Red Deer Mayor Tara Veer is pleased that the federal government’s budget maintains a gas tax fund the city counts on for infrastructure projects.
“That is welcome news. Our capital plan is heavily reliant on that being stable infrastructure funding,” said Veer on Tuesday. Red Deer will get $5.4 million in 2017 from the fund.
Whether Red Deer will also get a piece of a new $35-billion infrastructure pie, to be served out over the next 11 years, remains to be seen.
“It will strongly depend on the criteria for those capital grants programs,”said Veer on Wednesday. Unknown at this time is whether Red Deer will be competing against other mid-sized cities or will be in the queue alongside larger urban centres.
Veer said the city has met with the federal and provincial infrastructure ministers and stressed the importance of municipalities being at the table when the details and criteria for grant programs are established.
“These tri-lateral negotiations are critical in ensuring he funds flow to communities for locally identified infrastructure needs.”
Veer said the city will be watching as details on specific government programs are released and will gauge the impact on the city and the community.
Red Deer and District Chamber of Commerce sees a missed opportunity to boost Canada’s competitiveness in the budget.
“As it stands there was no mention of the word competitiveness and that is one of our biggest concerns at this time,” said Reg Warkentin, chamber policy and advocacy manager.
“Canadian businesses, and especially those in Alberta have seen their operating costs increase significantly over the past two years.”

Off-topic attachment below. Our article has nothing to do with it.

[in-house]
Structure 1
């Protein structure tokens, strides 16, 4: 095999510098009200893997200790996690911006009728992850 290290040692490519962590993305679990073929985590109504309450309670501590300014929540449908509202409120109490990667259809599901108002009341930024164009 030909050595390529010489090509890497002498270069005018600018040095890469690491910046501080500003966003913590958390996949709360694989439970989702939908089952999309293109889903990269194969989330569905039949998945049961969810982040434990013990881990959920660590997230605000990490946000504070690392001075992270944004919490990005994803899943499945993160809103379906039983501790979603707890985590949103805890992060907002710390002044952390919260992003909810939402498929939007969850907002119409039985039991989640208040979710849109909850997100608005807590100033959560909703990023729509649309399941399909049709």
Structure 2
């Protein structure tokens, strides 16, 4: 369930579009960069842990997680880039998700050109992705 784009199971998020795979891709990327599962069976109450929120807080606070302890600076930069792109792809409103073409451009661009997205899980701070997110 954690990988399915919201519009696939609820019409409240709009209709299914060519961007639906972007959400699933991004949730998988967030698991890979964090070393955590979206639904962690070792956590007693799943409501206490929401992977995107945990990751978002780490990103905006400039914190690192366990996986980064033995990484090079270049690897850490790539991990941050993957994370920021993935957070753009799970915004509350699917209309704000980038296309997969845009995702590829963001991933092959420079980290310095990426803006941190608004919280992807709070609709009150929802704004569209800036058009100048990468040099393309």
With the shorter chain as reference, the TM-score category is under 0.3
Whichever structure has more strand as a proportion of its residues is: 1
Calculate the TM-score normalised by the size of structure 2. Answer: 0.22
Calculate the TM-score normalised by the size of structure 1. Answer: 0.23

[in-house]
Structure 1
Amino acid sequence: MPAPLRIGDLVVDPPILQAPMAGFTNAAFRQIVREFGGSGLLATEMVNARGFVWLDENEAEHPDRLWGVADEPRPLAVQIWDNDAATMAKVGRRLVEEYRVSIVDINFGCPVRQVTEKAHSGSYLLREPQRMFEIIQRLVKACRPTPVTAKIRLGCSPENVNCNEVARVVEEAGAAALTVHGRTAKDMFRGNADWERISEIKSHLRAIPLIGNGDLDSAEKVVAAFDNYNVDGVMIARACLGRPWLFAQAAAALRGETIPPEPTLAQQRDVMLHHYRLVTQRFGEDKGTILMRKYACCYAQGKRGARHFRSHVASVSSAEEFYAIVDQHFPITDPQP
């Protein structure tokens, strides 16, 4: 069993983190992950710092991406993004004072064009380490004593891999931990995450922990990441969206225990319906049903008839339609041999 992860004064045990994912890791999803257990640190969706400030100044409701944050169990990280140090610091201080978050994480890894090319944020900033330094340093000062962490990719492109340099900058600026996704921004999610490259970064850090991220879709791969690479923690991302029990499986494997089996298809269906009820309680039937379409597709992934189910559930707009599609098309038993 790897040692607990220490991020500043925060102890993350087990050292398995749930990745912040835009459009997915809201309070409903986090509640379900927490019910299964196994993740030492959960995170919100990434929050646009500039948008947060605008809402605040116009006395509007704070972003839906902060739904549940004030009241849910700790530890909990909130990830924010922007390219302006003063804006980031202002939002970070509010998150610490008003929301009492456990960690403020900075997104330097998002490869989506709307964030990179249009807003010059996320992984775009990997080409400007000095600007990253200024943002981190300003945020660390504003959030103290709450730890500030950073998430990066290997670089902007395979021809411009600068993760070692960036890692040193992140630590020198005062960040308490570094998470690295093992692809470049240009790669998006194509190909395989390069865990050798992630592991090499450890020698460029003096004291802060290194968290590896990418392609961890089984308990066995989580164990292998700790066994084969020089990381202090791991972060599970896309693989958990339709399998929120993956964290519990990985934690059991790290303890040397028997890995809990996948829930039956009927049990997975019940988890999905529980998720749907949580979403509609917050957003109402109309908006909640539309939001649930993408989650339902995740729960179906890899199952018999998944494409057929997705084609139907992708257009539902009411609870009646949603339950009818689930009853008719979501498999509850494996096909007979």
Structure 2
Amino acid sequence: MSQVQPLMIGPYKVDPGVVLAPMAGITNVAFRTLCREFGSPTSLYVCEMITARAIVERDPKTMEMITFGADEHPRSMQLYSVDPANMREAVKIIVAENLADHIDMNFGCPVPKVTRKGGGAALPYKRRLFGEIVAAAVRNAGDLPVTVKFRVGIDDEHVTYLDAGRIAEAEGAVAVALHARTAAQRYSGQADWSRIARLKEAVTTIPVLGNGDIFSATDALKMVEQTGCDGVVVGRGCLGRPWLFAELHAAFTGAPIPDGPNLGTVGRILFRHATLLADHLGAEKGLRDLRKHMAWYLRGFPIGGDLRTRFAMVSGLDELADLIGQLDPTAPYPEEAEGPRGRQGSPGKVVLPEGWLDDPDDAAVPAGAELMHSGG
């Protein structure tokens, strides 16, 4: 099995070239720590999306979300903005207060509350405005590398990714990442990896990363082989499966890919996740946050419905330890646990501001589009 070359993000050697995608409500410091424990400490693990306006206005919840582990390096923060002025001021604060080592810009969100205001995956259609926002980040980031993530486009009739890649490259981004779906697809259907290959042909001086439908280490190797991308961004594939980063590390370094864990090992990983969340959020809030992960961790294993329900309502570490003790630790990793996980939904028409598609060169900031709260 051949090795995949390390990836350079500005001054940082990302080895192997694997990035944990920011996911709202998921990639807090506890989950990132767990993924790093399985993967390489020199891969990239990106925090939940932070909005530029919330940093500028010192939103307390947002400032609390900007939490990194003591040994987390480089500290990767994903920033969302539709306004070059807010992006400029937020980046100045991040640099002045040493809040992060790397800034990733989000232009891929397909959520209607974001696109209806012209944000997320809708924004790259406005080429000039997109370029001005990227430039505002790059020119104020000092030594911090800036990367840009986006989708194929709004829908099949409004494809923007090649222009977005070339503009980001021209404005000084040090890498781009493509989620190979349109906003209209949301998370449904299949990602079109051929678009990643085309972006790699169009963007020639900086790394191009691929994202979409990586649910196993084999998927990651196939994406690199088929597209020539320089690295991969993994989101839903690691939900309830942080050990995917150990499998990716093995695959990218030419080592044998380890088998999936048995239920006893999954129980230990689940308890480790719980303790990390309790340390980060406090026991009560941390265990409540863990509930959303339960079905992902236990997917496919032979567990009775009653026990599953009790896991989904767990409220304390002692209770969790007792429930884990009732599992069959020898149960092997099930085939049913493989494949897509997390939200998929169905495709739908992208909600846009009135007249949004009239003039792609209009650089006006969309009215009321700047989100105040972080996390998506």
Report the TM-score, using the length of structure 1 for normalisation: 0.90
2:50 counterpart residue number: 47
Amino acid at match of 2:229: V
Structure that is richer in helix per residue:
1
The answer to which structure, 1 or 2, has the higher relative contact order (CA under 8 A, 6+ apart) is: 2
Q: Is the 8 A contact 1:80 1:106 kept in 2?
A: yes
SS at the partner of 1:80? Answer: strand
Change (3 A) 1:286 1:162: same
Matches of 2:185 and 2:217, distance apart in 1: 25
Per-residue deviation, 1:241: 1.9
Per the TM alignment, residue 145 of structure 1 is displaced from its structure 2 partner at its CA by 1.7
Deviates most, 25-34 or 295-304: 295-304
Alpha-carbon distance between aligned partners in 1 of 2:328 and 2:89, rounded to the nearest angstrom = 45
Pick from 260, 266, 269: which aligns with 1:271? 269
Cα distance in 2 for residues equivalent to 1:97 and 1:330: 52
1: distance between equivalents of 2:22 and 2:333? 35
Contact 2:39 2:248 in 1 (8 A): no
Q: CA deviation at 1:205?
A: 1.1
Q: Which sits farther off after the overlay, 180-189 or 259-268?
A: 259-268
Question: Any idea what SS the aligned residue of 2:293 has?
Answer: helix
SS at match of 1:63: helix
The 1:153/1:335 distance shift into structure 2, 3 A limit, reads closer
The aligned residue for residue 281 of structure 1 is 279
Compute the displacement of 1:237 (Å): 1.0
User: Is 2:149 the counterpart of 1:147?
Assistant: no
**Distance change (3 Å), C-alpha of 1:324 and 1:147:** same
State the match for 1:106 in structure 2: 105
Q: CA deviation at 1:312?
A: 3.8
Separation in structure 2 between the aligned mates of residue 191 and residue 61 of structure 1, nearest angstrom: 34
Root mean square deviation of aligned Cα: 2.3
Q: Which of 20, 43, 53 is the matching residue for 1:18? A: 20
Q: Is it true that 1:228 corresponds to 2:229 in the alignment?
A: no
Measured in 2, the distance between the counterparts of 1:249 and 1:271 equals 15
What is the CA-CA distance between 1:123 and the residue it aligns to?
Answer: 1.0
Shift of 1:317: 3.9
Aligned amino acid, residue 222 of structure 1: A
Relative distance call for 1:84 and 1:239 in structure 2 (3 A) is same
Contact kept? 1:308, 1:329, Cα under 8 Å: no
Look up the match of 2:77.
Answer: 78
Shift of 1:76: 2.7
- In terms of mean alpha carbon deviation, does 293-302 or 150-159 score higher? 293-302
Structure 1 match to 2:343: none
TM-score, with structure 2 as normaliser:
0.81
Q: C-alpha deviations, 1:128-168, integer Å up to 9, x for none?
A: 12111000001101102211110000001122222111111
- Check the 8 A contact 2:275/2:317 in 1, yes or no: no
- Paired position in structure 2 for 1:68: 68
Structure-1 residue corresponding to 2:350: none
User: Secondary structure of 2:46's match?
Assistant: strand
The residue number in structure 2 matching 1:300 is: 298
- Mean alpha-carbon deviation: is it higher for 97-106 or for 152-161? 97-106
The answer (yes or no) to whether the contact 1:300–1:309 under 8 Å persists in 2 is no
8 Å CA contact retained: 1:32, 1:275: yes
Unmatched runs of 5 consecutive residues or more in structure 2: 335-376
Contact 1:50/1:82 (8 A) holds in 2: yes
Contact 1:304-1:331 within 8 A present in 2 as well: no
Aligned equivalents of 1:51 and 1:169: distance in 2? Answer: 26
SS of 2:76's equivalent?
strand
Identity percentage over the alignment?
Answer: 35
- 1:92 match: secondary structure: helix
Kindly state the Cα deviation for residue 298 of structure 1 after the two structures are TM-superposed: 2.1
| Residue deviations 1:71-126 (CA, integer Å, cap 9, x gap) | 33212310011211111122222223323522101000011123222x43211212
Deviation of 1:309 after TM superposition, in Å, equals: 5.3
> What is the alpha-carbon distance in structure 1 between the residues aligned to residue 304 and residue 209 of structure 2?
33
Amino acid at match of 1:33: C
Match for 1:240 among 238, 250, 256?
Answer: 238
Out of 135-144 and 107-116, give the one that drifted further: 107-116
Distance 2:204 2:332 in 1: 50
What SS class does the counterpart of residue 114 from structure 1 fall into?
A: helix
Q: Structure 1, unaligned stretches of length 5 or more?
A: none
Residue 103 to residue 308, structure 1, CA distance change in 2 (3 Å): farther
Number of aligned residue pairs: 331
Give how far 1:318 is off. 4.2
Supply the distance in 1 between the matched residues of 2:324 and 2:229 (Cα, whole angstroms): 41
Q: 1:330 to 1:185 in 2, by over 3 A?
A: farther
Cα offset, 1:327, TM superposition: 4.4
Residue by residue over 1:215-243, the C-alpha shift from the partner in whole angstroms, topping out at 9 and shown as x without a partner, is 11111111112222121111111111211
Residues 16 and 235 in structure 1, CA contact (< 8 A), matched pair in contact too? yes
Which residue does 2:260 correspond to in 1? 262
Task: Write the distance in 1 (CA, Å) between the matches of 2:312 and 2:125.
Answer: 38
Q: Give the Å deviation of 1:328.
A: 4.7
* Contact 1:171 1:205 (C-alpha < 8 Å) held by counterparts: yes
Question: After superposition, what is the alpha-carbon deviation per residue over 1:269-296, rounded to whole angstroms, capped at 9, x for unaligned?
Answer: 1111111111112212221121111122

By comparison, U.S. President Donald Trump has promised to slash taxes and regulations to help boost the economy.
“There was very little in this budget that will help the average business or worker in Canada,” said Warkentin, noting sin taxes and employment insurance premiums are increasing.
The budget also anticipates a $28.6-billion deficit in the coming year “with no plan to return to balanced budgets,” he said. By 2021, Canada’s debt servicing costs will hit $30 billion.
The federal government directed a lot of attention to innovation and skills training, which on the surface is a positive move.
“However, Canada currently has 147 different innovation programs worth a combined $23 billion, yet we are still innovation and productivity laggards in many respects,” he said.
“For good news, we did like the talking points around removing barriers to women in business and the money going towards child care. We believe these initiatives will improve our workforce.”